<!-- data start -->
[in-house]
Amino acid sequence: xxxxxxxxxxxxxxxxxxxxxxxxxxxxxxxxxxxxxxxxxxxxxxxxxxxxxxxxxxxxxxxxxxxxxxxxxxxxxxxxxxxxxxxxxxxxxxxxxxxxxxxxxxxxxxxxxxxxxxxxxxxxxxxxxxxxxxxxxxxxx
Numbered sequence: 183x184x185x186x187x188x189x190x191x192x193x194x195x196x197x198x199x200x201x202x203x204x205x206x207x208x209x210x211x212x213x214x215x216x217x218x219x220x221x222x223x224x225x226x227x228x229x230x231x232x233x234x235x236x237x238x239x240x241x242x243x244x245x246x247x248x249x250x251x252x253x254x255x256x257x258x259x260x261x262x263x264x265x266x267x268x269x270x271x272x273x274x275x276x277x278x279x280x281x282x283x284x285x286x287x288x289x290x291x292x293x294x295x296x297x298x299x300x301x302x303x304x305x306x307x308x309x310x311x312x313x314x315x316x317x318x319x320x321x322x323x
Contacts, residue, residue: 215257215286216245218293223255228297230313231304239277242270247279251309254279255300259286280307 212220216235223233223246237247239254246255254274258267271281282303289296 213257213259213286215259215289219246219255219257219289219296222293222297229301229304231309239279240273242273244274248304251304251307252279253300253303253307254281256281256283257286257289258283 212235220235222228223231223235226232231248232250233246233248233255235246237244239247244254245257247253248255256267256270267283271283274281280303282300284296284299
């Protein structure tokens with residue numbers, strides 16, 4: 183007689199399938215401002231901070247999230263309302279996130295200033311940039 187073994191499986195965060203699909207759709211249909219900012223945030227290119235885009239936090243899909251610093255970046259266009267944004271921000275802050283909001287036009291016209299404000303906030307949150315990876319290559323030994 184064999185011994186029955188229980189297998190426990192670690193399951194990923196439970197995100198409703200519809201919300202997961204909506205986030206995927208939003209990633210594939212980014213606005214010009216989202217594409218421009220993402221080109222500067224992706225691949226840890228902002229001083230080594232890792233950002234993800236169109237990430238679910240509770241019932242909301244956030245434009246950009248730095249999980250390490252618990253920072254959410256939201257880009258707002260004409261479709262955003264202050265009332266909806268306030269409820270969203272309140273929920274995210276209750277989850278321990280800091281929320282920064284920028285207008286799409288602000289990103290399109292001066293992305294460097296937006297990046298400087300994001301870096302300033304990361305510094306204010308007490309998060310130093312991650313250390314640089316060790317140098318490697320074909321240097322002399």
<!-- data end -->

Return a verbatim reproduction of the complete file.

[in-house]
Amino acid sequence: xxxxxxxxxxxxxxxxxxxxxxxxxxxxxxxxxxxxxxxxxxxxxxxxxxxxxxxxxxxxxxxxxxxxxxxxxxxxxxxxxxxxxxxxxxxxxxxxxxxxxxxxxxxxxxxxxxxxxxxxxxxxxxxxxxxxxxxxxxxxx
Numbered sequence: 183x184x185x186x187x188x189x190x191x192x193x194x195x196x197x198x199x200x201x202x203x204x205x206x207x208x209x210x211x212x213x214x215x216x217x218x219x220x221x222x223x224x225x226x227x228x229x230x231x232x233x234x235x236x237x238x239x240x241x242x243x244x245x246x247x248x249x250x251x252x253x254x255x256x257x258x259x260x261x262x263x264x265x266x267x268x269x270x271x272x273x274x275x276x277x278x279x280x281x282x283x284x285x286x287x288x289x290x291x292x293x294x295x296x297x298x299x300x301x302x303x304x305x306x307x308x309x310x311x312x313x314x315x316x317x318x319x320x321x322x323x
Contacts, residue, residue: 215257215286216245218293223255228297230313231304239277242270247279251309254279255300259286280307 212220216235223233223246237247239254246255254274258267271281282303289296 213257213259213286215259215289219246219255219257219289219296222293222297229301229304231309239279240273242273244274248304251304251307252279253300253303253307254281256281256283257286257289258283 212235220235222228223231223235226232231248232250233246233248233255235246237244239247244254245257247253248255256267256270267283271283274281280303282300284296284299
């Protein structure tokens with residue numbers, strides 16, 4: 183007689199399938215401002231901070247999230263309302279996130295200033311940039 187073994191499986195965060203699909207759709211249909219900012223945030227290119235885009239936090243899909251610093255970046259266009267944004271921000275802050283909001287036009291016209299404000303906030307949150315990876319290559323030994 184064999185011994186029955188229980189297998190426990192670690193399951194990923196439970197995100198409703200519809201919300202997961204909506205986030206995927208939003209990633210594939212980014213606005214010009216989202217594409218421009220993402221080109222500067224992706225691949226840890228902002229001083230080594232890792233950002234993800236169109237990430238679910240509770241019932242909301244956030245434009246950009248730095249999980250390490252618990253920072254959410256939201257880009258707002260004409261479709262955003264202050265009332266909806268306030269409820270969203272309140273929920274995210276209750277989850278321990280800091281929320282920064284920028285207008286799409288602000289990103290399109292001066293992305294460097296937006297990046298400087300994001301870096302300033304990361305510094306204010308007490309998060310130093312991650313250390314640089316060790317140098318490697320074909321240097322002399």